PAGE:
Book review: Business Secrets Of The Pharaohs by Mark Corrigan

Ever since the publication of Dale Carnegie’s How To Win Friends And Influence People in 1936, the business community has been obsessed with books whose olde-worlde wisdom could allegedly be used in real-life situations.
Everything from Machiavelli’s The Prince to Sun Tzu’s Art Of War, the Tao Te Ching and even the Bible have been examined ad nauseum in the belief that it would give today’s business leaders some vague edge over the competition.
And yet, perhaps for a few faint gems of wisdom (“all warfare is based on deception”) these books have had little practical wisdom to offer  a 21st-century full of office workers rather than, say, rival Chinese warlords.
With this in mind, Mark Corrigan’s first book, Business Secrets Of The Pharaohs, can best be described as “brave”.
The first warning that Corrigan’s tome might be problematic was the fact that the publisher – who we had never heard of, and whom none of our colleagues in the publishing industry had heard of, either – spelt Mark’s surname wrong on the cover (along with the word “Pharaohs”).
Nor was it a good sign that this review copy was left in the private bathroom of our main reviewer, with a note asking if we would kindly look at this “promising author’s new wrok”.
After such an inauspicious beginning, it is perhaps not surprising that Corrigan himself doubts the power of his own words, seemingly naysaying the whole enterprise with a self-negating quote on the inside front cover.
“The first thing is to acknowledge that the ancient Egyptian era is so completely different from our own that any cultural, political and business parallels that we draw between the two eras are, by their nature, almost bound to be wrong,” he writes.
Full marks, at least, for Mark’s honesty.
Sadly, Mark lacks the confidence of other blaggers in the business self-help industry, continuing to shoot down each argument with some self-effacing, hopelessly middle-class British remark.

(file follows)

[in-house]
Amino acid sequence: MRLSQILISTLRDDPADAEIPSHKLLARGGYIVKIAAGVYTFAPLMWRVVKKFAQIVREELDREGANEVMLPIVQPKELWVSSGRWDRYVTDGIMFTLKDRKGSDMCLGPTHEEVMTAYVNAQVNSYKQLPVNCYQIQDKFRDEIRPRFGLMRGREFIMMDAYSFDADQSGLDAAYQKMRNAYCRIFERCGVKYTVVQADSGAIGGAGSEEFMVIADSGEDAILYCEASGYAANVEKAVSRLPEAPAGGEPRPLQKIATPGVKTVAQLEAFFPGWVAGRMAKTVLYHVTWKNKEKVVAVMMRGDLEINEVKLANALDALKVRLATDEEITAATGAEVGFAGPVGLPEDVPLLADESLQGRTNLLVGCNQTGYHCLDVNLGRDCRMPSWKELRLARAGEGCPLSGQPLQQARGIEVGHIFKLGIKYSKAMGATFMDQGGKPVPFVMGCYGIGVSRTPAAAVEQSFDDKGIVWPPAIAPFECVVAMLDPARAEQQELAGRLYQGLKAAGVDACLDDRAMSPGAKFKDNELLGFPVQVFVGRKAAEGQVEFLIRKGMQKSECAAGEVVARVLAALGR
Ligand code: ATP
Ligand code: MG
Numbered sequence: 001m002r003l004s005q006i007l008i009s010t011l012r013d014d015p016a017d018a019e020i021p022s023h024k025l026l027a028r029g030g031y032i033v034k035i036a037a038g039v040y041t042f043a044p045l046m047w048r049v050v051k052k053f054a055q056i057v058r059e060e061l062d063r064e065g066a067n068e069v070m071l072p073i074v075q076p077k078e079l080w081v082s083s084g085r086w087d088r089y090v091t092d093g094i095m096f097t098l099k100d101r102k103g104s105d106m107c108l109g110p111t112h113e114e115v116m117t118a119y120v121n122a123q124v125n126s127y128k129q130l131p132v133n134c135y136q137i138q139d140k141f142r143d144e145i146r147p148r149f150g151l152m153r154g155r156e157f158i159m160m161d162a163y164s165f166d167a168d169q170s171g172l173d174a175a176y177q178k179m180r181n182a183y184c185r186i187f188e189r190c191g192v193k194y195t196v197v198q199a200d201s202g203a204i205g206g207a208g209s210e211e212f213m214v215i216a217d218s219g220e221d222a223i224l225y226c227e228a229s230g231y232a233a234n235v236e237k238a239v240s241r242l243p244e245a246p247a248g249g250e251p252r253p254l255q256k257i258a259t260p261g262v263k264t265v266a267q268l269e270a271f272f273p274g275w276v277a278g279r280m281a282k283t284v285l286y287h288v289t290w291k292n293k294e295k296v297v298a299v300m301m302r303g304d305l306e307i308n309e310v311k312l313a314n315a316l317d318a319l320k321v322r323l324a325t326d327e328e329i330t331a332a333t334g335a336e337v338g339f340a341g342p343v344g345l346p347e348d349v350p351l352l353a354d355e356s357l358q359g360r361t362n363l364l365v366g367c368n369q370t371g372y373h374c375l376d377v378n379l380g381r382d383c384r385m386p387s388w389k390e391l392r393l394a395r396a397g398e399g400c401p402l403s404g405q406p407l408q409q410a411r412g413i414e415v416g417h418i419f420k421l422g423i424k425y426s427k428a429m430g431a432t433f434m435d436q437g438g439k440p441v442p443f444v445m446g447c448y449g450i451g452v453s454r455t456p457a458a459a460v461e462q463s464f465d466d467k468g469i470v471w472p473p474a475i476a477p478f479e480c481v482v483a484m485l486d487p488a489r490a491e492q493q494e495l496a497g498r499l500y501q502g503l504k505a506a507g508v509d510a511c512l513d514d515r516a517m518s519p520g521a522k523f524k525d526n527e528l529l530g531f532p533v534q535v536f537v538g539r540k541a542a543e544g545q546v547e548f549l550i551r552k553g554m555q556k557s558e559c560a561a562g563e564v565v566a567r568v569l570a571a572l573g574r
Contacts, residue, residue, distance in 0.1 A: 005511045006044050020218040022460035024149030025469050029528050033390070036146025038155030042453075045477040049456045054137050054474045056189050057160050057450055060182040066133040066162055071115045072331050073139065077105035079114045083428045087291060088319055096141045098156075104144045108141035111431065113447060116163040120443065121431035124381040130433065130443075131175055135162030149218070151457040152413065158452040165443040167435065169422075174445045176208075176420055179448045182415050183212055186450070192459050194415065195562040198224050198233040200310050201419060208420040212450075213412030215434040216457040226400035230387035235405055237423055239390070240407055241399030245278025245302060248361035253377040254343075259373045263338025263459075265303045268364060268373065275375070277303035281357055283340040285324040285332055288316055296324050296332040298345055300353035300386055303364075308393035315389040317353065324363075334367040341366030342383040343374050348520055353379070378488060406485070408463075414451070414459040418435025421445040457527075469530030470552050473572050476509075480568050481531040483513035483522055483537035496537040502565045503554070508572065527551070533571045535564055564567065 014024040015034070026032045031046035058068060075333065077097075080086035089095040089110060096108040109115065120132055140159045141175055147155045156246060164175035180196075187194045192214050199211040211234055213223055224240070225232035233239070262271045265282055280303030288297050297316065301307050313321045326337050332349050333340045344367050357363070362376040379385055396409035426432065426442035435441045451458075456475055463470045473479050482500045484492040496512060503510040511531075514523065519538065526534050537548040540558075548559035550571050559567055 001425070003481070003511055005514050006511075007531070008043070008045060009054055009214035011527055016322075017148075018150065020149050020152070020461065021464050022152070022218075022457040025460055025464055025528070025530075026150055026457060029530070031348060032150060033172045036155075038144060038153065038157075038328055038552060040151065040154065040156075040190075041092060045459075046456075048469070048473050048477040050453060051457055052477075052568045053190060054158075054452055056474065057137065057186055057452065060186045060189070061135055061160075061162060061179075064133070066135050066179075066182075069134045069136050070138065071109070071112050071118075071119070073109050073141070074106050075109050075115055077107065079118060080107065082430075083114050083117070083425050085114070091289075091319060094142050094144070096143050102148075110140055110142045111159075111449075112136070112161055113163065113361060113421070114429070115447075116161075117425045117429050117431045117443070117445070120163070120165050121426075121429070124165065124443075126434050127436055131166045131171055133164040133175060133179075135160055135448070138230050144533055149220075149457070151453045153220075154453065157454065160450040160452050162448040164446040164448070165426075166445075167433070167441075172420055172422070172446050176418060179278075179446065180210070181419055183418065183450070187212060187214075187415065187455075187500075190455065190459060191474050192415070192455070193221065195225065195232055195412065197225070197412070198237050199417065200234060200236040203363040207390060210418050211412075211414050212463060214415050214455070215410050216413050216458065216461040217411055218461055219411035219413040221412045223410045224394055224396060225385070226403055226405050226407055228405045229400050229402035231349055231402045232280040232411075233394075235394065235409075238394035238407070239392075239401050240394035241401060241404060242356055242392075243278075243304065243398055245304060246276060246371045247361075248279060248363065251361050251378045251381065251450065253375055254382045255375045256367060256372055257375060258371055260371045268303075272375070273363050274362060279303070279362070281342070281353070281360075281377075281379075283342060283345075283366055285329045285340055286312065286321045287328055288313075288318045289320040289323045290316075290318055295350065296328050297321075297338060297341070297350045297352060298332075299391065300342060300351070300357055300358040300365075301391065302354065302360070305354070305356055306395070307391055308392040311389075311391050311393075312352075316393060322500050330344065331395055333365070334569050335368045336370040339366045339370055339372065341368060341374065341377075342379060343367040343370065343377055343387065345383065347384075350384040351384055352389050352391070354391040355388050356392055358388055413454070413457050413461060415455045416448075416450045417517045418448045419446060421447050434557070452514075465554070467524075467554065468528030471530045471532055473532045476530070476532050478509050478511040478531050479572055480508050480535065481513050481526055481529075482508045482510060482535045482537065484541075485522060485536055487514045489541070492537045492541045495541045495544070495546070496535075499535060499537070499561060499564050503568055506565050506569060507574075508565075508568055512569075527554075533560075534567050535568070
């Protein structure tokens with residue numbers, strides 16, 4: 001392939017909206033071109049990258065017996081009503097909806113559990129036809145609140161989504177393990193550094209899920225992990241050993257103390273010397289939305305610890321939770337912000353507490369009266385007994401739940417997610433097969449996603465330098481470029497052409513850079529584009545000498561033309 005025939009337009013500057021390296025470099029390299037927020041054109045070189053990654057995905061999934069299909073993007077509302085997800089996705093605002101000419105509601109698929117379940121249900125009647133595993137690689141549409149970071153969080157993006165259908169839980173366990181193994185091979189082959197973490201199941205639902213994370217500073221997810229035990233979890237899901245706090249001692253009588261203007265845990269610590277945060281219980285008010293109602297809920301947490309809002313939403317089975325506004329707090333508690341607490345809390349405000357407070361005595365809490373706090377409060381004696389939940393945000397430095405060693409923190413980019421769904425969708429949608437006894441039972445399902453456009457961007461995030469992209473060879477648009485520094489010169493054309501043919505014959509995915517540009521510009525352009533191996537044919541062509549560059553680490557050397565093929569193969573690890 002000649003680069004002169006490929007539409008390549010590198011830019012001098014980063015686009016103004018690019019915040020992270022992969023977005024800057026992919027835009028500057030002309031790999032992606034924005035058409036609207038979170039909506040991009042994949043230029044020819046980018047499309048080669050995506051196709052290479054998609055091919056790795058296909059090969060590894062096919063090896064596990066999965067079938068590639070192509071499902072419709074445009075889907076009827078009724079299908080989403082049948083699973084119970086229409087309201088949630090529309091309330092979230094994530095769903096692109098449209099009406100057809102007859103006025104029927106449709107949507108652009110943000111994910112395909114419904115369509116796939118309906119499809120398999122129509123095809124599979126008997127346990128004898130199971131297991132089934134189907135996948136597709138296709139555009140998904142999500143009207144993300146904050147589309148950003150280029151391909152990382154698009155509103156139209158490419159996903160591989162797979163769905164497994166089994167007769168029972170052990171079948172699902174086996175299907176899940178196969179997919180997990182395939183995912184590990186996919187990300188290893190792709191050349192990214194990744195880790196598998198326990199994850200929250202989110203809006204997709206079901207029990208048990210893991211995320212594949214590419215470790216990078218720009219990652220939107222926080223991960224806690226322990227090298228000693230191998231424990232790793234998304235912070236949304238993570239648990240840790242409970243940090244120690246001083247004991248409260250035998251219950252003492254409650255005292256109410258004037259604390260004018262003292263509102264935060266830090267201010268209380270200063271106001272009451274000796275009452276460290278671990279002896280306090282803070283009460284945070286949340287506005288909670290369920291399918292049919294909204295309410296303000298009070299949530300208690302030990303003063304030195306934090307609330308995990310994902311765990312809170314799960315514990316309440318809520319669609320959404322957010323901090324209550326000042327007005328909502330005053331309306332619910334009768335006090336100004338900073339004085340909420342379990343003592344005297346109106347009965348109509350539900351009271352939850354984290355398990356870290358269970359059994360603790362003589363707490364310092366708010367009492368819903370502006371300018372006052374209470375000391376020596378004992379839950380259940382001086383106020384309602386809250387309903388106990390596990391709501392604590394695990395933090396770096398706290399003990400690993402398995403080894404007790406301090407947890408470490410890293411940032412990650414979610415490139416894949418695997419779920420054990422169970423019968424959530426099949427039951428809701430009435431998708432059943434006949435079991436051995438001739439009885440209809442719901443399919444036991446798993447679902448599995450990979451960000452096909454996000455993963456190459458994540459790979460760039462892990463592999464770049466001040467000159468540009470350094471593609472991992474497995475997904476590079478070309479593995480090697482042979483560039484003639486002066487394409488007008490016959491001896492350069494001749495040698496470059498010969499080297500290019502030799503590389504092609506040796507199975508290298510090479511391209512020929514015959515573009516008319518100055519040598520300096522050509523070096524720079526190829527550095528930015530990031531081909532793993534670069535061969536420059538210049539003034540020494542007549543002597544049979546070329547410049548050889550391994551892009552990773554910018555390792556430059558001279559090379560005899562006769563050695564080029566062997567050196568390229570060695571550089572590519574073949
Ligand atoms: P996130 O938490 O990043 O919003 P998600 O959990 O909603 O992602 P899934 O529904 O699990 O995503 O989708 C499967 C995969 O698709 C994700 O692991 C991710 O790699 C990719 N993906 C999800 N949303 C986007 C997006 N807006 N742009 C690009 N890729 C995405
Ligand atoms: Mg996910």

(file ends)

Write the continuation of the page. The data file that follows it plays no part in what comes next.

It’s almost as if he doesn’t believe in his heart that there really are any cultural, political and business parallels to be drawn between an agrarian civilisation ruled by godkings and a modern Britain governed by EU rules.
How else to explain his assertion that Egyptian hieroglyphics are an “ancient form of emoji?” Or that business managers should be worshipped as a type of living god?
The comparison between the Great Pyramid of Giza and the Millennium Dome in the chapter entitled “Build Something Really Big To Awe The Proletariat” can only be regarded as tongue firmly in cheek.
We sense a kind of envy in Mark at the autocratic power of the pharaohs. They knew how to “get things done”, unshackled by “Brussels bureaucracy”. Certainly, there would have been no Brexit under Ramesses I. Or unions. (He also makes unflattering comparisons with the British Government and Rommel.)
The fact that the last third of the book is written in all caps – and by all indications, in some sort of frenzied state, as if chasing some self-imposed deadline – further removes any enjoyment for the reader. (One sentence is interrupted by the comment “get out of the room and leave me alone, Jez”. Was that some flawed reference to Sedge and Bee, the symbols of Upper and Lower Egypt?).
We can’t also escape the impression that the book consists entirely of cheap-quality printouts.
Business Secrets Of The Pharaohs would have benefitted from a better editor – or, indeed, sign of any type of editor.
Still, despite everything, we detect a sliver of potential in Mark Corrigan’s work.

My military thriller Game Of Killers: The Spartan is out now as an ebook and paperback.

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